). Importantly, BN82685 nonuniformly disrupted association of individual protein components, pointing to interference with specific rearrangements, rather than a block in the recruitment of the entire tri-snRNP. Indeed, levels of components in the stable core of U5 snRNP (PRP8, Brr2, and U5-116K) (1
) were largely unaffected, as were the Sm proteins and the core PRP19/CDC5L complex, which stably interacts with U5 during both catalytic steps (12
). Despite the egress of U4 snRNA concomitant with activation, U4/U6-specific proteins (e.g., PRP3 and PRP4) are still variably detected in complex C (5
). Reduced levels of PRP6 are also expected at late stages since this protein also dissociates from the U5 snRNP upon activation (60
). Levels of these proteins were all dramatically decreased in BN82685 reactions compared to reactions with DMSO. Interestingly, peptidyl-prolyl cis/trans
isomerases of the tri-snRNP (PPIH) and those associated with the PRP19/CDC5L complex (PPIE and PPIL1) were also consistently decreased. These enzymes are members of the cyclophilin family which associate with spliceosomes at discrete stages and are believed to play a role in both catalytic steps, possibly by determining the rate of protein folding (19
). Finally, given the block to step II and the failure to resolve C complexes, it is perhaps not surprising that the U2-associated DEXH/D-box helicase, PRP43, required for spliceosome disassembly, is also deficient.
Currently, it is unclear what the actual target(s) of BN82685 is and whether these changes we observe represent the cause or result of the inhibition. Considering the role currently described for PRP6, which is to bridge U5 to the U4-U6 di-snRNP in the precatalytic spliceosome, reactions would not be expected to proceed beyond complex B in its absence (17
). Indeed, mutations in the conserved phosphorylation sites at the N terminus of PRP6 prevent spliceosome activation and cause an accumulation of complex B containing all five snRNPs (8
). In contrast, BN82685 reactions clearly produced step I intermediates and formed complex C, with purified splicing complexes from this reaction containing only U2, U5, and U6 snRNAs. Therefore, a deficiency in PRP6, or inhibition of PRPF4 kinase, for example, which phosphorylates PRP6 and PRP31 as they are incorporated into complex B, is not likely the cause of splicing inhibition by BN82685 (49
). Upon catalytic activation, while PRP8, U5-116K, and U5-200K remain tightly bound to U5 snRNA, there is an exodus of several proteins from the spliceosome, involving PRP6, PRP31, PRP3, and PRP4, all of whose associations are decreased by BN82685. Thus, whereas DMSO-treated profiles represent a mixture of completed and ongoing reactions, reactions with BN82685 are “frozen” after catalytic step I, and proteins that exit upon activation immediately prior to this are decreased by comparison (e.g., PRP6). Furthermore, as a result of not completing step II, BN82685-treated spliceosomes fail to disassemble properly (A) and recycle the tri-snRNP, which in turn would affect the next round of splicing. This could explain why the predominant effect of BN82685 is in the accumulation of step I intermediates (~250 to 350%) and why the accumulation of pre-mRNA (~120 to 150%) appears secondary. As a final note, we considered PP1/PP2A phosphatases as candidate targets. These are required to dephosphorylate SAP155 and U5-116K prior to the second step of splicing; however, our compounds had little to no effect on the phosphorylation status of these substrates, nor was the addition of purified phosphatase able to rescue drug-treated reaction mixtures (data not shown) (50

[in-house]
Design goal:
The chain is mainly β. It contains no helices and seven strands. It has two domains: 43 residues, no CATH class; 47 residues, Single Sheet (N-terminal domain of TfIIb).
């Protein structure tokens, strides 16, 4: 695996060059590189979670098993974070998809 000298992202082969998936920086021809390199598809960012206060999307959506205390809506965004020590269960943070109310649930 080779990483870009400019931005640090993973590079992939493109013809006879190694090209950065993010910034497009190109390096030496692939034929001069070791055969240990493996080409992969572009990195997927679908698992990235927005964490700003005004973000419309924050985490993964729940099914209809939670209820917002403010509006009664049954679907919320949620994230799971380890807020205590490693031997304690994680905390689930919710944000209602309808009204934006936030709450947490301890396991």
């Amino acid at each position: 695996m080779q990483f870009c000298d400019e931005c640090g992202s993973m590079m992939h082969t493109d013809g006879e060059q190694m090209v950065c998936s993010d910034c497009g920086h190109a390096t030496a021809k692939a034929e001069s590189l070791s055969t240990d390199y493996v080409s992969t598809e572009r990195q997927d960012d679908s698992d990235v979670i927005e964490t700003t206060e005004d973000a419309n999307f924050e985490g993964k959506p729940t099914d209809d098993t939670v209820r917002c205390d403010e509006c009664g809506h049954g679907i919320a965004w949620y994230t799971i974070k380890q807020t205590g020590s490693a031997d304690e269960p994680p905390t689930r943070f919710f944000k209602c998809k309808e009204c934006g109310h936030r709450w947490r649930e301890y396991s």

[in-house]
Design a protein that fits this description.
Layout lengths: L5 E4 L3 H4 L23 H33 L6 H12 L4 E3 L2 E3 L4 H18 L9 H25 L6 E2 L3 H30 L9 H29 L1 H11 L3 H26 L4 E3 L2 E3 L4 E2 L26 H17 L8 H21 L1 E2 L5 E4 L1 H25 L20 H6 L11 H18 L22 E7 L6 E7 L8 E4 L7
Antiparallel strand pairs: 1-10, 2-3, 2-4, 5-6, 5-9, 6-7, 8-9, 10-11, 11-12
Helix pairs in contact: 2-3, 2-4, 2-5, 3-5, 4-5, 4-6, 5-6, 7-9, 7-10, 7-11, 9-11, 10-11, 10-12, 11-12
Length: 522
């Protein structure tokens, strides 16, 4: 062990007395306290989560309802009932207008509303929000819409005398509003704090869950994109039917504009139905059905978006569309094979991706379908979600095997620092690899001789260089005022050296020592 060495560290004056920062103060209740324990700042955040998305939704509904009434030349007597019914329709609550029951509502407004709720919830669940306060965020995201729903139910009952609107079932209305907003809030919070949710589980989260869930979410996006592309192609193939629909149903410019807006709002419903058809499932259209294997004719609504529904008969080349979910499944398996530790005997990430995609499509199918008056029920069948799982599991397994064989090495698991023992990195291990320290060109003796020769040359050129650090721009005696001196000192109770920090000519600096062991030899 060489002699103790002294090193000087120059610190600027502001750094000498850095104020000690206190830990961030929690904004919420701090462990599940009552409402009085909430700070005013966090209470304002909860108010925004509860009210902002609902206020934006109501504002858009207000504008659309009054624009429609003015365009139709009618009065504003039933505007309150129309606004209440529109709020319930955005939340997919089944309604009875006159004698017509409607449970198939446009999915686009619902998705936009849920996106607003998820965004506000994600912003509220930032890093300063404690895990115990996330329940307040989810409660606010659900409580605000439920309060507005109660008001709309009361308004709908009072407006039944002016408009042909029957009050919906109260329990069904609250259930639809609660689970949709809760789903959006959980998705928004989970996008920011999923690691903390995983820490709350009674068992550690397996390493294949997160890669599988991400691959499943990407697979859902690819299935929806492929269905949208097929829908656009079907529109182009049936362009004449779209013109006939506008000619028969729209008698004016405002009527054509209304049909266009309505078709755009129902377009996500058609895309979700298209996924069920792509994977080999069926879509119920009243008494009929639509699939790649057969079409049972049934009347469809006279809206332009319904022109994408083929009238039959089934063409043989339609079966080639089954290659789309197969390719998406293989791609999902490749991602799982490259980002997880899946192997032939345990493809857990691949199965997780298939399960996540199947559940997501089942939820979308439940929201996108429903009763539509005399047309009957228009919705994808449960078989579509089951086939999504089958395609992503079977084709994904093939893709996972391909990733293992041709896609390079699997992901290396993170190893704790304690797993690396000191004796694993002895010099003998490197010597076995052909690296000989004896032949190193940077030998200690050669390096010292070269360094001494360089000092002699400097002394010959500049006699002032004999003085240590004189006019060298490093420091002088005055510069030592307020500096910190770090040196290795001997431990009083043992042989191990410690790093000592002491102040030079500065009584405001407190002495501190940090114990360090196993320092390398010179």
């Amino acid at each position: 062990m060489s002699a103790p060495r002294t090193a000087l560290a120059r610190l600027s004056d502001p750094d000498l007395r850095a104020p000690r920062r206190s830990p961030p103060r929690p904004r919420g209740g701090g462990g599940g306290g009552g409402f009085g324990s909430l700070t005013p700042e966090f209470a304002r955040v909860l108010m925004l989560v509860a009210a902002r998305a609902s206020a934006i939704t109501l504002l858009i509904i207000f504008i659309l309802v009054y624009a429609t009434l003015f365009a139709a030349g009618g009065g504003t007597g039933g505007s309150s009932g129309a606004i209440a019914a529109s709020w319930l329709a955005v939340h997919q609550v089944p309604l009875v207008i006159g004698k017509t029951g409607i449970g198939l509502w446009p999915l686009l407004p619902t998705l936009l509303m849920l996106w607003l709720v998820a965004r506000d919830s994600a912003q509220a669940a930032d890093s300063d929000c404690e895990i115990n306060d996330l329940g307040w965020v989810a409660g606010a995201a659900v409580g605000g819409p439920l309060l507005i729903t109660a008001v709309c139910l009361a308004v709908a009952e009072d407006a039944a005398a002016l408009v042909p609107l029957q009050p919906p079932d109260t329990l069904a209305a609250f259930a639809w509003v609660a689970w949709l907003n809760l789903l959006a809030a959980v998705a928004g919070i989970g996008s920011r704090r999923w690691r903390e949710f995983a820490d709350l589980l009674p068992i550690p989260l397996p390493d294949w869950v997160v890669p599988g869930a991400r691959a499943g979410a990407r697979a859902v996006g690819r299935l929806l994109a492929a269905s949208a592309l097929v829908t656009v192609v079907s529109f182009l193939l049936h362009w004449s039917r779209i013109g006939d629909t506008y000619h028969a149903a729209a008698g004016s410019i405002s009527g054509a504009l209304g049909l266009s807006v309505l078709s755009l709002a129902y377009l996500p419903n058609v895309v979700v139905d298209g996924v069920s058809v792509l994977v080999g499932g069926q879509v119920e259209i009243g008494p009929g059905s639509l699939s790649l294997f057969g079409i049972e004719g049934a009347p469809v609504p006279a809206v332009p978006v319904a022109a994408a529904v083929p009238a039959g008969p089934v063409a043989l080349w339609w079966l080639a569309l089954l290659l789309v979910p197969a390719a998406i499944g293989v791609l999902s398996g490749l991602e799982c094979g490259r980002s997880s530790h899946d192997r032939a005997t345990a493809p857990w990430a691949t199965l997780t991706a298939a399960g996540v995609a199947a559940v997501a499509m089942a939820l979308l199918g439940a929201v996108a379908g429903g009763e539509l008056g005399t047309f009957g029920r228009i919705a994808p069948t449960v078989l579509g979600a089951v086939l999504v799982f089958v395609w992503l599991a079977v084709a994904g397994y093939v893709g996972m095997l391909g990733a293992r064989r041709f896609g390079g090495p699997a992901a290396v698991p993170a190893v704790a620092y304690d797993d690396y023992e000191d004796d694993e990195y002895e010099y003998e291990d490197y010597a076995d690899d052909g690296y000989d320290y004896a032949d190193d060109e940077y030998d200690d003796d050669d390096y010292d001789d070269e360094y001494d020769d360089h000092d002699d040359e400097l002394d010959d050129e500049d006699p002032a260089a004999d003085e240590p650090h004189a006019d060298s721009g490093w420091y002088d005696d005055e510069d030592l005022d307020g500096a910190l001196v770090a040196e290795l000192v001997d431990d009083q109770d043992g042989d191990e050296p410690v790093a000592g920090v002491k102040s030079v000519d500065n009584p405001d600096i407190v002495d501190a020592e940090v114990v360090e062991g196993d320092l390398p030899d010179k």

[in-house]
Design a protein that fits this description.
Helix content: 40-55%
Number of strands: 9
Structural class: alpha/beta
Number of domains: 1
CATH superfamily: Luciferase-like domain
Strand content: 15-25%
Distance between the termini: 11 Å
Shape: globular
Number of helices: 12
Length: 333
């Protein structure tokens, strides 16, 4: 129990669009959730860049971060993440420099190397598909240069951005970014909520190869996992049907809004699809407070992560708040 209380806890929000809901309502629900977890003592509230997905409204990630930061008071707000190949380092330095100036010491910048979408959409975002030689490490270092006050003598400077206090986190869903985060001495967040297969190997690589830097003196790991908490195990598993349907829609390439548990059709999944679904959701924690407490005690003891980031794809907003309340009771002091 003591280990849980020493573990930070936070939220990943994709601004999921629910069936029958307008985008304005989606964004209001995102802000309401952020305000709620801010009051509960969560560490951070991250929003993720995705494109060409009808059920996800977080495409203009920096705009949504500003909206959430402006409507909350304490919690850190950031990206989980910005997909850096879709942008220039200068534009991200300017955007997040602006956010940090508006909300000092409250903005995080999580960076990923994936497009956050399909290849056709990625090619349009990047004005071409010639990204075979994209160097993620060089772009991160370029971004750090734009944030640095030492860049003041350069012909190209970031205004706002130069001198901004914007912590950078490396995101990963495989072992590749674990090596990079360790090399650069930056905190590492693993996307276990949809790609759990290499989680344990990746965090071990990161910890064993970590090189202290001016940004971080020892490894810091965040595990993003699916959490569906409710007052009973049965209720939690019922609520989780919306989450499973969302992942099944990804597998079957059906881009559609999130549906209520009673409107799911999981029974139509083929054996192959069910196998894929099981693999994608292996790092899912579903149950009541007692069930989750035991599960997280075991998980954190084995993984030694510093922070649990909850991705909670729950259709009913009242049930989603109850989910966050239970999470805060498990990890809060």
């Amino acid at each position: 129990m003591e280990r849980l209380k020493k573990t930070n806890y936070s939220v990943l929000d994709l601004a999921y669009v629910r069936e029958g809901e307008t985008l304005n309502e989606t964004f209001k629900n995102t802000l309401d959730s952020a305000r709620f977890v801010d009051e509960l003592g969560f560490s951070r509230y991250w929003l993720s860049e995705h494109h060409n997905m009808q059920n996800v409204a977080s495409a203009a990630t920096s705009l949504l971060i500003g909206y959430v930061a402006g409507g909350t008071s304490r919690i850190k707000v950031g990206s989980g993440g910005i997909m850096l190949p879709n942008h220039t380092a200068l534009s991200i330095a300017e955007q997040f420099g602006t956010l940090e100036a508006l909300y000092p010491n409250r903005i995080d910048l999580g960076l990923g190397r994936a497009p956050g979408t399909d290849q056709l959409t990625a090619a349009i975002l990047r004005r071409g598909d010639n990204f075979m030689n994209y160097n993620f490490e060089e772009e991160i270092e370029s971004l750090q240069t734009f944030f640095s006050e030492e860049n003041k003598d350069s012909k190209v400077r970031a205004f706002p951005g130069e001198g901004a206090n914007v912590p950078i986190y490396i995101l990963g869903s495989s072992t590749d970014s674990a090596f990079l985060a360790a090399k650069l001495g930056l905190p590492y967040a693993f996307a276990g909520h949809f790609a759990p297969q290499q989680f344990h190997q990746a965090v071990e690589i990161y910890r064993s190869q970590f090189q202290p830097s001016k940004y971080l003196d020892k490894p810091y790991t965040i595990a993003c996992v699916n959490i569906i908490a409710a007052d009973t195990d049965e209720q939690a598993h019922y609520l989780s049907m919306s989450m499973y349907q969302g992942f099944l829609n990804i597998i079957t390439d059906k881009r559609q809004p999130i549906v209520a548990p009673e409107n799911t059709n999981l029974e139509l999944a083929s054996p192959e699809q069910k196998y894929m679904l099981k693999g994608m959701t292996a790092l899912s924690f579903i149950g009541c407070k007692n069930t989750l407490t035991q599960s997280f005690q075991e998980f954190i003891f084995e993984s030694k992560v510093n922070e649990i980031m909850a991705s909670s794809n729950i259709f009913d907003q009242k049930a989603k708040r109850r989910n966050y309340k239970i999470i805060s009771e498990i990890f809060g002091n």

Rearrangements during the early stages of splicing are fairly well understood, but the later steps are not as well characterized. For example, what the U2/U6 base pairing interactions immediately preceding catalysis are, whether the U4/U6 associated proteins exit catalytically activated spliceosomes en masse
or in distinct steps, and a detailed description of which events occur during spliceosome dissociation are just some of the open issues remaining (60
). BN82685 and the related compounds we identified can provide important tools for dissecting these steps, identifying additional rearrangements, intermediates, or players involved late in the splicing process. With these additional anticancer drugs now also shown to be splicing inhibitors, it has becoming increasingly appreciated that pre-mRNA splicing is another cellular process that can be targeted for cancer treatment (18
). The small but growing number of splicing inhibitors known so far and the ability of EJIPT and other HTS assays to discover additional ones should help dissect this important cellular pathway and have important biomedical applications.